November 13, 2020

What is the innovator’s journey from problem to impact?

We are thrilled to welcome Cari Keller to the Innovations in Healthcare team. Cari is the Assistant Director of Engagement and recently joined our team last October.

As I look back on the last 20 years of my life, I realize I’ve been chasing experiences that would help me answer this question.  My recent decision to join Innovations in Healthcare (in October 2016) is the latest such experience in my quest to deepen my innovation practice.  In the role of Assistant Director of Engagement, I now have the privilege of overseeing the growth of IiH's diverse network of innovators, partners, and supporters.  

I come to IiH from Stanford University, where I ran the Social Entrepreneurship Program at Stanford’s Graduate School of Business.  Previous to being a part of the Stanford community, I spent 12 years helping talented changemakers increase the effectiveness of their organizations and programs, first as an entrepreneur working with leaders in the U.S. Federal Government and then as an intrapreneur working with leaders at the United Nations Development Programme (UNDP) in the US, Africa, Eastern Europe, and Asia.  

As part of my recent onboarding at Innovations in Healthcare, I had the great fortune of accompanying the Duke Global Health Institute Evidence Lab Team to Nairobi in November, where I had a week-long learning tour focused on the journey from problem to impact.  The highlight of the trip for me was sitting in on the Monitoring & Evaluation conversations that Joy Noel Baumgartner, Jennifer Headley and Joe Egger led with six of our network Innovators involved in the Social Entrepreneurship Accelerator at Duke (SEAD) program, including MicroClinic Technologies, Jacaranda Health, LifeNet International, Afya Research Africa, ZanaAfrica, and North Star Alliance.  These conversations spanned a wide range of topics (e.g., Theory of Change, data collection and management, quality of care standards, cost effectiveness studies, randomized control trials) and reflected the deep, on-the-ground knowledge and experience of both the Innovator and the Evidence Lab Team.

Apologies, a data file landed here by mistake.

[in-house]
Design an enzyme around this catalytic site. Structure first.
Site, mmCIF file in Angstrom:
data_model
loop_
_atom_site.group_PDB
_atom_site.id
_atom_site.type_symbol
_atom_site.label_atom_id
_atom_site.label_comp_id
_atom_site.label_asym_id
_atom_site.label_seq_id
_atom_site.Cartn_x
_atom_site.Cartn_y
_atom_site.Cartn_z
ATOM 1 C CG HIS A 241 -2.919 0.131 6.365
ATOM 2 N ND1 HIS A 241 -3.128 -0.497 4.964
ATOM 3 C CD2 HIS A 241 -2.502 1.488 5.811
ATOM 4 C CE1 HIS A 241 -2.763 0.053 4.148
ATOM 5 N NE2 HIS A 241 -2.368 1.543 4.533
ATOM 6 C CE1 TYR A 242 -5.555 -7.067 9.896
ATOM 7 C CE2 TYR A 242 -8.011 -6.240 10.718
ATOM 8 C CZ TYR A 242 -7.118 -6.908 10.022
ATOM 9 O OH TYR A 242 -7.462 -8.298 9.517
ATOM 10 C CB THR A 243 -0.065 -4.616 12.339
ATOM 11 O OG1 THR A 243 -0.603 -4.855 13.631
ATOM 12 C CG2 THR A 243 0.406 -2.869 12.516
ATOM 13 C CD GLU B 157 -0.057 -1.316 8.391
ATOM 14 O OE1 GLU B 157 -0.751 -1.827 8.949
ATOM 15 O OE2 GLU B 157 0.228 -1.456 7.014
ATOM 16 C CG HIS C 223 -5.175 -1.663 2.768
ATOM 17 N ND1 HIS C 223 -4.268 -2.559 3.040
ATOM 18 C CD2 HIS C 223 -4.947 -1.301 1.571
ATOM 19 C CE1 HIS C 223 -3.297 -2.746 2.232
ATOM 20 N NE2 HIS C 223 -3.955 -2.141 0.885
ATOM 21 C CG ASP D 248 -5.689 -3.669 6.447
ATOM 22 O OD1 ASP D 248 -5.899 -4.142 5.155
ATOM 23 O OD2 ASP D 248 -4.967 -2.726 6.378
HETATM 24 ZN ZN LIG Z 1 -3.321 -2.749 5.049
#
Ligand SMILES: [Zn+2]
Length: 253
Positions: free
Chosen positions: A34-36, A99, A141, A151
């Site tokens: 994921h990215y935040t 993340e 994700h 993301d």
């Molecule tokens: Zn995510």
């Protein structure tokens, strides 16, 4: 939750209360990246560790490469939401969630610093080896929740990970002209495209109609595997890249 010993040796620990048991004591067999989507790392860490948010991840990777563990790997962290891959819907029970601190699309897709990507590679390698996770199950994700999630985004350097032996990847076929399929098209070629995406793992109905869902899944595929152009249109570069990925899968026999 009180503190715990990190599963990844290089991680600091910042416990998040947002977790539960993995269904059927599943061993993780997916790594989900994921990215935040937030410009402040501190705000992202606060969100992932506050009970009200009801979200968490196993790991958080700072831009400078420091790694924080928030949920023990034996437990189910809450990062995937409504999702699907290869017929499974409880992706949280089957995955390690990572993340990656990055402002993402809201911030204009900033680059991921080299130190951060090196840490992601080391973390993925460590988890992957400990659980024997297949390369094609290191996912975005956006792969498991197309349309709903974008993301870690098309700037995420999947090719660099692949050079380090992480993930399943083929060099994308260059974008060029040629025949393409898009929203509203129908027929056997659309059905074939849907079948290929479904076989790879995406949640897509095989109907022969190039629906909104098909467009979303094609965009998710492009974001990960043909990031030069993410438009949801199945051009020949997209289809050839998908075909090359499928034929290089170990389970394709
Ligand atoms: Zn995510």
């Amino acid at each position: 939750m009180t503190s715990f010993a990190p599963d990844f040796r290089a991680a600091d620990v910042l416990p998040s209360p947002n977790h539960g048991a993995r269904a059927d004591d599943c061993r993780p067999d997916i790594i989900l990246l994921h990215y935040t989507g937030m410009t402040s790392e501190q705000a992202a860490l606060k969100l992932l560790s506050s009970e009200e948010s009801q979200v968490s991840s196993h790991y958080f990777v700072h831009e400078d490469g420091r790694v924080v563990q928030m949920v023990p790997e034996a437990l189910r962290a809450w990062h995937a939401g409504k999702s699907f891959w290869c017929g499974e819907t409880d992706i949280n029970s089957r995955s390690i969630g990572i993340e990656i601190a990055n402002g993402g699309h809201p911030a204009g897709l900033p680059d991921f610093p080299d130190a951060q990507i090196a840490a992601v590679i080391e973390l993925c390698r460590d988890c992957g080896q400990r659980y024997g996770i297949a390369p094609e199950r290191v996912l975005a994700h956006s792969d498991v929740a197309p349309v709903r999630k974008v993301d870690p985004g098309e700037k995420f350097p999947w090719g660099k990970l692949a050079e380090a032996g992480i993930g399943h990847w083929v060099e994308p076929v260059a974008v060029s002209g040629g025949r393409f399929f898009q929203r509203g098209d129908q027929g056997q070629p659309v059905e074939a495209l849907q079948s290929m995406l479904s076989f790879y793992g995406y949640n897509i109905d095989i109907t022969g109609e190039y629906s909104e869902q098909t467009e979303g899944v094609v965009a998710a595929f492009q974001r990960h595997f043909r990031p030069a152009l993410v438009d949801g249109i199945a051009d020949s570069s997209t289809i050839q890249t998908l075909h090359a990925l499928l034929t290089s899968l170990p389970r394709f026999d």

Above: M&E conversation with the Afya Research Africa Team (including Joy Noel Baumgartner and Jennifer Headley)

As part of my learning tour, I also spent a good chunk of time with the Aspen Network of Development Entrepreneurs (ANDE) and Strathmore Business School Faculty at events where the Evidence Lab introduced an evaluation toolkit that they have designed with and for social enterprises in health in low-resource settings.  Three of the tools presented and discussed in detail were:

  • Monitoring Organizational Reach and Influence, which provides a systematic way to think about the influential reach of your organization;
  • Economic Impact, which helps you choose the type of economic analysis that best suits your needs and helps you measure your economic impact; and
  • Measuring Household Out-of-Pocket Health Expenditures, which is an introductory primer on how to measure said expenditures, including common challenges.

What I love about this toolkit is that it is designed to empower entrepreneurs and innovators who are not M&E experts (and may not have such expertise on staff) to make small tweaks to their organizational processes to get to strong(er) impact statements.  

By the end of my week in Nairobi, my head and heart were full.  Definitely an illuminating experience for this Innovations in Healthcare newbie!  And one that brought to mind one of my favorite quotes:

“Life should not be a journey to the grave with the intention of arriving safely in a pretty and well-preserved body, but rather to skid in broadside in a cloud of smoke, thoroughly used up, totally worn out, and loudly proclaiming “Wow! What a ride!” - Hunter S. Thompson